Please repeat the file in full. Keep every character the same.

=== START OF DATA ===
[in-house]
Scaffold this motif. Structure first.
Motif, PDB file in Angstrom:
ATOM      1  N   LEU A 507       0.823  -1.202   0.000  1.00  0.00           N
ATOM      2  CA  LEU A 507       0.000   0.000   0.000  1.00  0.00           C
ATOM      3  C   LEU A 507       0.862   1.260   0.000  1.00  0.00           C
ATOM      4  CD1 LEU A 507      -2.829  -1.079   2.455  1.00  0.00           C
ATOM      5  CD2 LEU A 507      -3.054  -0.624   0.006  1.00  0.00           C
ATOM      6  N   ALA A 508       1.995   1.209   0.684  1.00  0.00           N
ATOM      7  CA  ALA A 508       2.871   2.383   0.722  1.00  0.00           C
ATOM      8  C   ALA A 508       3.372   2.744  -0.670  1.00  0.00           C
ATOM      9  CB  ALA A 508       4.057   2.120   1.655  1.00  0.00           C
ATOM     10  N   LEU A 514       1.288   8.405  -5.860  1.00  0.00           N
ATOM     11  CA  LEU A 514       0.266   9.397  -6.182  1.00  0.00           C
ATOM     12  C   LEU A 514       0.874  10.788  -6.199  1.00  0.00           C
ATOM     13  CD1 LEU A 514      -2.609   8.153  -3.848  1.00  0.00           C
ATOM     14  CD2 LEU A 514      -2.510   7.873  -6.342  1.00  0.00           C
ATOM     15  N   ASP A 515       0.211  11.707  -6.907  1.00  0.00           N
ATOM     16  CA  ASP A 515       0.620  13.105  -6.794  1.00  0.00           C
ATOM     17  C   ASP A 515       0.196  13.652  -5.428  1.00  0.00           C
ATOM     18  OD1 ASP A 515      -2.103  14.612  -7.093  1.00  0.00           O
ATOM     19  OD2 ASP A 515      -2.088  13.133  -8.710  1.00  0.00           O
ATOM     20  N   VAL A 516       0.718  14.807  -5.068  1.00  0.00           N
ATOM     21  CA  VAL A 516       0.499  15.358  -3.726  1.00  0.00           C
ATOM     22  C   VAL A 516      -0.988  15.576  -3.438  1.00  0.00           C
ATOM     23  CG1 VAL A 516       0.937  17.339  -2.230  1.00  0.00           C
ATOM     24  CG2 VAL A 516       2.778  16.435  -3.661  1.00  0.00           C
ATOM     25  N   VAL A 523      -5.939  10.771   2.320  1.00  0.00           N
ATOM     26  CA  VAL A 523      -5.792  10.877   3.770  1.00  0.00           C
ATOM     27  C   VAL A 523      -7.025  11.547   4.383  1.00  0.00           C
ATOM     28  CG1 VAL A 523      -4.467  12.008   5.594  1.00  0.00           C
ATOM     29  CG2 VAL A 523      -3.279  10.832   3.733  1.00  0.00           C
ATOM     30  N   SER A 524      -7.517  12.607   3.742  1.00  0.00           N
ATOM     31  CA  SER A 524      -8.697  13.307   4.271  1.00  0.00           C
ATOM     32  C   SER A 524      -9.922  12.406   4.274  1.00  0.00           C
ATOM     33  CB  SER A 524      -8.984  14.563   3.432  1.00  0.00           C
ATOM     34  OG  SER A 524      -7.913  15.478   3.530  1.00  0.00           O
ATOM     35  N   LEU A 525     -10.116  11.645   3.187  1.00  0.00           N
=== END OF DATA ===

[in-house]
Scaffold this motif. Structure first.
Motif, PDB file in Angstrom:
ATOM      1  N   LEU A 507       0.823  -1.202   0.000  1.00  0.00           N
ATOM      2  CA  LEU A 507       0.000   0.000   0.000  1.00  0.00           C
ATOM      3  C   LEU A 507       0.862   1.260   0.000  1.00  0.00           C
ATOM      4  CD1 LEU A 507      -2.829  -1.079   2.455  1.00  0.00           C
ATOM      5  CD2 LEU A 507      -3.054  -0.624   0.006  1.00  0.00           C
ATOM      6  N   ALA A 508       1.995   1.209   0.684  1.00  0.00           N
ATOM      7  CA  ALA A 508       2.871   2.383   0.722  1.00  0.00           C
ATOM      8  C   ALA A 508       3.372   2.744  -0.670  1.00  0.00           C
ATOM      9  CB  ALA A 508       4.057   2.120   1.655  1.00  0.00           C
ATOM     10  N   LEU A 514       1.288   8.405  -5.860  1.00  0.00           N
ATOM     11  CA  LEU A 514       0.266   9.397  -6.182  1.00  0.00           C
ATOM     12  C   LEU A 514       0.874  10.788  -6.199  1.00  0.00           C
ATOM     13  CD1 LEU A 514      -2.609   8.153  -3.848  1.00  0.00           C
ATOM     14  CD2 LEU A 514      -2.510   7.873  -6.342  1.00  0.00           C
ATOM     15  N   ASP A 515       0.211  11.707  -6.907  1.00  0.00           N
ATOM     16  CA  ASP A 515       0.620  13.105  -6.794  1.00  0.00           C
ATOM     17  C   ASP A 515       0.196  13.652  -5.428  1.00  0.00           C
ATOM     18  OD1 ASP A 515      -2.103  14.612  -7.093  1.00  0.00           O
ATOM     19  OD2 ASP A 515      -2.088  13.133  -8.710  1.00  0.00           O
ATOM     20  N   VAL A 516       0.718  14.807  -5.068  1.00  0.00           N
ATOM     21  CA  VAL A 516       0.499  15.358  -3.726  1.00  0.00           C
ATOM     22  C   VAL A 516      -0.988  15.576  -3.438  1.00  0.00           C
ATOM     23  CG1 VAL A 516       0.937  17.339  -2.230  1.00  0.00           C
ATOM     24  CG2 VAL A 516       2.778  16.435  -3.661  1.00  0.00           C
ATOM     25  N   VAL A 523      -5.939  10.771   2.320  1.00  0.00           N
ATOM     26  CA  VAL A 523      -5.792  10.877   3.770  1.00  0.00           C
ATOM     27  C   VAL A 523      -7.025  11.547   4.383  1.00  0.00           C
ATOM     28  CG1 VAL A 523      -4.467  12.008   5.594  1.00  0.00           C
ATOM     29  CG2 VAL A 523      -3.279  10.832   3.733  1.00  0.00           C
ATOM     30  N   SER A 524      -7.517  12.607   3.742  1.00  0.00           N
ATOM     31  CA  SER A 524      -8.697  13.307   4.271  1.00  0.00           C
ATOM     32  C   SER A 524      -9.922  12.406   4.274  1.00  0.00           C
ATOM     33  CB  SER A 524      -8.984  14.563   3.432  1.00  0.00           C
ATOM     34  OG  SER A 524      -7.913  15.478   3.530  1.00  0.00           O
ATOM     35  N   LEU A 525     -10.116  11.645   3.187  1.00  0.00           N